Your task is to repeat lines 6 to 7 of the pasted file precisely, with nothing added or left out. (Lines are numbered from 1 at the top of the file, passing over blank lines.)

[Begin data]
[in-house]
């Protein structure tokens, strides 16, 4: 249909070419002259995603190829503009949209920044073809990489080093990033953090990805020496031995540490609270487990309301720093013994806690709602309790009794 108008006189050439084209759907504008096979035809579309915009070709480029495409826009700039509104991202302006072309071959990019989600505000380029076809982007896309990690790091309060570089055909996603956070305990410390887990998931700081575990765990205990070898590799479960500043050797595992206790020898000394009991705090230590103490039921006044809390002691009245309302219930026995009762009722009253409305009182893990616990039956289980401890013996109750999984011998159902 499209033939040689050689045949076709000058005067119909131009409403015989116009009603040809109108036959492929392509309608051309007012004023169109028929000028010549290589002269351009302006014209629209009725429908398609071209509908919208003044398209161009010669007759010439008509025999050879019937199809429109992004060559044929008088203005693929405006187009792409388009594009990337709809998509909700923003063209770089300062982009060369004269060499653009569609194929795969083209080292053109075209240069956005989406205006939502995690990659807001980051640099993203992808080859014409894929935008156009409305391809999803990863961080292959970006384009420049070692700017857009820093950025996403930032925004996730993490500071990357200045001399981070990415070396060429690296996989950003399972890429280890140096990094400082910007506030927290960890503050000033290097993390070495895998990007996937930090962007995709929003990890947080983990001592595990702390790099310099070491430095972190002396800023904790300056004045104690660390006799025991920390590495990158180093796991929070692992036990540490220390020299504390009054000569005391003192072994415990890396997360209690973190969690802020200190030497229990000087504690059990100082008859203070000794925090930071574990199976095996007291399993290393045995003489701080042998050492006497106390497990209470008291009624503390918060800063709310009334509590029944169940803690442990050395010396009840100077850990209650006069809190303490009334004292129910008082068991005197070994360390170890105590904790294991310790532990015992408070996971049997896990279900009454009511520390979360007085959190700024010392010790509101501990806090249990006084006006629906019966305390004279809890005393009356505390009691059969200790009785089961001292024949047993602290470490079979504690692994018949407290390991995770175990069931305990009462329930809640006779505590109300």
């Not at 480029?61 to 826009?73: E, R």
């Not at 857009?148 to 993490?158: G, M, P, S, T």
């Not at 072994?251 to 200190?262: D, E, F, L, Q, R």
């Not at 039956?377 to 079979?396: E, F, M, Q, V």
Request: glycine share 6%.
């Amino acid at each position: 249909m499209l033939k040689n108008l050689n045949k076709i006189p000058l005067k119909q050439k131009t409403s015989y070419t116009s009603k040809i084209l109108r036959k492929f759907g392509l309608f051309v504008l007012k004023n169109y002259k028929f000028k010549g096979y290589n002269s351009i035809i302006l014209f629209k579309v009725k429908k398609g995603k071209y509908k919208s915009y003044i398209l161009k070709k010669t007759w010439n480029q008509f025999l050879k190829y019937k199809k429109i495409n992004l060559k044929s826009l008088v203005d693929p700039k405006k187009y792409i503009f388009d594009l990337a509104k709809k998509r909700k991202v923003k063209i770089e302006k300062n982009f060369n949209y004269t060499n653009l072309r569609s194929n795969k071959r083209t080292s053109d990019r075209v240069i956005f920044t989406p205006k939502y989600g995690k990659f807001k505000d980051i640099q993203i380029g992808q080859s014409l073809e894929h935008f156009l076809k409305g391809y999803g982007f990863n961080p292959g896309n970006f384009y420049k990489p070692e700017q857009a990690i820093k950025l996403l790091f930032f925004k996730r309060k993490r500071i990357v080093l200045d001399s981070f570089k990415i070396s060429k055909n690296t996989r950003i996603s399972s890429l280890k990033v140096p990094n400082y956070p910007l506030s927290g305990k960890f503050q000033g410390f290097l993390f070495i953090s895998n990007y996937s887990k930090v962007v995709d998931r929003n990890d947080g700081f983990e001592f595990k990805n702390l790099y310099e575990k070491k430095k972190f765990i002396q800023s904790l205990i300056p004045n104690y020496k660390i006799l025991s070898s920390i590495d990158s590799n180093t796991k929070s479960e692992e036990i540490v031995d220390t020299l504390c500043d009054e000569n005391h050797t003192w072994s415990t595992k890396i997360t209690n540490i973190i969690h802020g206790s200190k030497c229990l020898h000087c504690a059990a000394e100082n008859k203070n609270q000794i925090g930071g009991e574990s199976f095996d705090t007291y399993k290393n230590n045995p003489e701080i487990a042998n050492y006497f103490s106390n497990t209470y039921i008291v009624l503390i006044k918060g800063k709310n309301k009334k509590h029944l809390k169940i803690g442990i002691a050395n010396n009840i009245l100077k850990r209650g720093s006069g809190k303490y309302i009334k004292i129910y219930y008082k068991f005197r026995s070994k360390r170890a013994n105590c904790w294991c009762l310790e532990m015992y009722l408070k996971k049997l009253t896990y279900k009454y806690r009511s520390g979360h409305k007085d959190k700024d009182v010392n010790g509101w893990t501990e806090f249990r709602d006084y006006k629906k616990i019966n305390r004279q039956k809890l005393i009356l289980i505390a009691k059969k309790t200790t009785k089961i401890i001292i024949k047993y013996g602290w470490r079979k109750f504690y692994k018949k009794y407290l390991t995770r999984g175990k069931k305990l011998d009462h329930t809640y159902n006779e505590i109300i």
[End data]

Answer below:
């Not at 039956?377 to 079979?396: E, F, M, Q, V």
Request: glycine share 6%.